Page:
We have much needed rain today, so I'm glad I got out for awhile yesterday.  I did a counter-clockwise loop at McLean Game Refuge starting at the entrance on Canton Road.  There is room for a few cars there along the side of the road.

The ice formations I found along Bissell Brook were pretty interesting.  The ones running along the logs were like the petals on a flower or, maybe more appropriately, like giant snowflakes.

It probably doesn't show very well in the picture below, but the little bubbles under the ice were beautiful, like little jewels.

Over at Kettle Pond, the lack rain is evident. The place I stood to take the next two pictures would normally be under water.  In the spring, I like to come to Kettle Pond to look for newts and wood frogs.  Normally, I stand at the base of the large tree you see.  One more step and I would be in the water.  Not now.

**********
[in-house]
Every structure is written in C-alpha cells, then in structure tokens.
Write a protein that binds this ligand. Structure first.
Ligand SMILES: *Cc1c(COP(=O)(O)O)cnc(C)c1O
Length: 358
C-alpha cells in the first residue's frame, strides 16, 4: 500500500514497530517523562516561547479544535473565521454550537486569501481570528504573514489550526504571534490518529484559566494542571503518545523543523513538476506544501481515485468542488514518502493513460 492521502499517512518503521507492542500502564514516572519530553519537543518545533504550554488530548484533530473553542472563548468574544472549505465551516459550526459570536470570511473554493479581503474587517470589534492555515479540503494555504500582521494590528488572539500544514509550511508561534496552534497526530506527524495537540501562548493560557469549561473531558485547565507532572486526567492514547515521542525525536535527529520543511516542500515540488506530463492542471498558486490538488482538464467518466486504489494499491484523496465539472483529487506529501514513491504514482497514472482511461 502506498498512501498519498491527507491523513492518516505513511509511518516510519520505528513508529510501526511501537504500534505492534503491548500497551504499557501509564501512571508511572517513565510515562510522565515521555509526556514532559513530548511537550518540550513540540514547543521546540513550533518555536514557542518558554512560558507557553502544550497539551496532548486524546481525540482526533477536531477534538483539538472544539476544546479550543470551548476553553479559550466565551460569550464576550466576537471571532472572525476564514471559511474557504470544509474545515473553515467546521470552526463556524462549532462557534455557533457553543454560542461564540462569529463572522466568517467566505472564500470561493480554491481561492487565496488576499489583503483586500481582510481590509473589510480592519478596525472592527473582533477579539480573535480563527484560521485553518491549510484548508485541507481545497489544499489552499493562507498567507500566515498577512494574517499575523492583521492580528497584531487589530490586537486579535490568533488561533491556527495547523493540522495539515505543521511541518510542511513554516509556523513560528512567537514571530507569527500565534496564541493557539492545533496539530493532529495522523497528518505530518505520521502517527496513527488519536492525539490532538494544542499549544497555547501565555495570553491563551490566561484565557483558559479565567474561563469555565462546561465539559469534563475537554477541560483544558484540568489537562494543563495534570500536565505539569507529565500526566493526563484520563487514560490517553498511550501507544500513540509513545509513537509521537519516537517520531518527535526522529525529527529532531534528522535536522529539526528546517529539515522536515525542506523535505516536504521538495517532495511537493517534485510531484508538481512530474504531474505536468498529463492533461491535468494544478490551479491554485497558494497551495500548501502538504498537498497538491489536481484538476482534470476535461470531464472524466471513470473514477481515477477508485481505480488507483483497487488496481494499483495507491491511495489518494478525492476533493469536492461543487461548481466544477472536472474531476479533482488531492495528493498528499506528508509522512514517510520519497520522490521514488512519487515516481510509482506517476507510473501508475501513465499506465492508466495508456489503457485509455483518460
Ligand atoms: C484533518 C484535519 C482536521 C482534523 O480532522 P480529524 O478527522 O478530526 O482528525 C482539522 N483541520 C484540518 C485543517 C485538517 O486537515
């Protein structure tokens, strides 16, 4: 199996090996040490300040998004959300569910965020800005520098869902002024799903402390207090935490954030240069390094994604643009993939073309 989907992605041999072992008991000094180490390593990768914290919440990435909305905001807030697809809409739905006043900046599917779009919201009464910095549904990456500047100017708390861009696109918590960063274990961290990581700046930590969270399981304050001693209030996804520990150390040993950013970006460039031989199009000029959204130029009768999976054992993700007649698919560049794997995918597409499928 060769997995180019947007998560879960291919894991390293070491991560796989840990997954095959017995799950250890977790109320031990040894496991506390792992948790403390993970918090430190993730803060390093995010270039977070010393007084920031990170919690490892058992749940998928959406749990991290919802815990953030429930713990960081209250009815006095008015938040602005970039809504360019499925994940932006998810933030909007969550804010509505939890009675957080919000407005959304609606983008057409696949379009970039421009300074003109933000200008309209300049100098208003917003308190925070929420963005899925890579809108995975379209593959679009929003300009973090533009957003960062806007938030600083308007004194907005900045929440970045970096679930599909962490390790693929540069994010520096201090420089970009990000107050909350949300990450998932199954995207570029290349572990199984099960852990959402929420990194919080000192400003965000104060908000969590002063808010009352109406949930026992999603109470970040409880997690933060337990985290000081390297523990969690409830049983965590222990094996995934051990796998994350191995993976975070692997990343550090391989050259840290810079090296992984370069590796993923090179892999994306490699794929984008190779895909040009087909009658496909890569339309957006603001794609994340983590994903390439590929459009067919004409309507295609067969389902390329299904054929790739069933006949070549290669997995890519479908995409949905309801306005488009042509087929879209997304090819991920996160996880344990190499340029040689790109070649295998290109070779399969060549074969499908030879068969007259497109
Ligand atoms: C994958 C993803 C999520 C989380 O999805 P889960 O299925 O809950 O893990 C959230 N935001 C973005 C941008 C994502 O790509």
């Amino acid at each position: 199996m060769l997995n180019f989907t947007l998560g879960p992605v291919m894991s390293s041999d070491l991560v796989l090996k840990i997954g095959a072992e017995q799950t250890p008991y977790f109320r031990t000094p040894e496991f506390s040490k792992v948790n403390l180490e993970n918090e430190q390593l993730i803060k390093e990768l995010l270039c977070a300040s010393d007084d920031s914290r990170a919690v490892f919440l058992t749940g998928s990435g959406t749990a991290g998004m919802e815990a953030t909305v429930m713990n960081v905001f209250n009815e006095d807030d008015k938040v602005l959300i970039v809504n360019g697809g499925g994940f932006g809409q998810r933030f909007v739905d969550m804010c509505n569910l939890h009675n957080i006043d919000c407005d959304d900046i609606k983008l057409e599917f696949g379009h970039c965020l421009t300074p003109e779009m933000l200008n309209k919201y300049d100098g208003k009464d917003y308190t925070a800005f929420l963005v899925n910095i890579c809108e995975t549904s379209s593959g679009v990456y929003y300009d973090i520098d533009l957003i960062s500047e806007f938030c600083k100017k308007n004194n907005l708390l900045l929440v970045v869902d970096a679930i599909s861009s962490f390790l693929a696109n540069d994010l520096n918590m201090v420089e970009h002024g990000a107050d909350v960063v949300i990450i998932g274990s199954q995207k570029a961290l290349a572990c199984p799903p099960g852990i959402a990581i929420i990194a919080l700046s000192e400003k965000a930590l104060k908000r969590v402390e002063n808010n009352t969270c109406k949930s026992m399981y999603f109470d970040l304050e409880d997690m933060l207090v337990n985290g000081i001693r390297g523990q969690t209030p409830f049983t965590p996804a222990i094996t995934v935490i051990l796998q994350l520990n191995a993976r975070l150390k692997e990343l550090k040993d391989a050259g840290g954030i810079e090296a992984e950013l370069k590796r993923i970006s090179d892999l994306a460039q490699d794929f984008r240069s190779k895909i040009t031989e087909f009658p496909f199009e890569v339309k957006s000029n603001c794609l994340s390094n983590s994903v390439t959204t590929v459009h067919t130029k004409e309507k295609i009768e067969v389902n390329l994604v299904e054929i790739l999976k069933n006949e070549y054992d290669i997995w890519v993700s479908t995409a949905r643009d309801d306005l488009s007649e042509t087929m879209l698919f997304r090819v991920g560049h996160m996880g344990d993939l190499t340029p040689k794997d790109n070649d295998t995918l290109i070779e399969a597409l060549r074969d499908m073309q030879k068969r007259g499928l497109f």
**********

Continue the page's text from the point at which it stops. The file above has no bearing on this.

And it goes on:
In this next picture, I turned around and took a picture of what is left of the pond.  The ground was squishy here and I could hear ice breaking under my feet as I walked.

After Kettle Pond, I went up and around a field and down the hill to Spring Pond.  I assume that the name is suggestive of the water source, so this pond was at a normal level.  The run-off goes to Bissell Brook.

The picture doesn't do it justice, but the view as you come down the hill from the field is so pretty.  Normally the water has a greenish tint that is just amazing.  Today, with a thin coat of ice on the pond, it had a different color, but still quite stunning.

I love the little log cabin under the tall pines.

I'm glad I got out on this relatively warm day, but I need to start doing more miles if I am going to reach my goal of 250 miles for the year.

Sunday, January 3, 2016

Hike #2: McLean Game Refuge - Granby, CT

Date Hiked:  Sunday, January 3, 2016
Estimated distance round-trip: 3.36 miles
Weather: 40°F, cloudy
Resources:  McLean Game Refuge, Refuge Map
Highlights of the trip: just being out in the woods, tall pines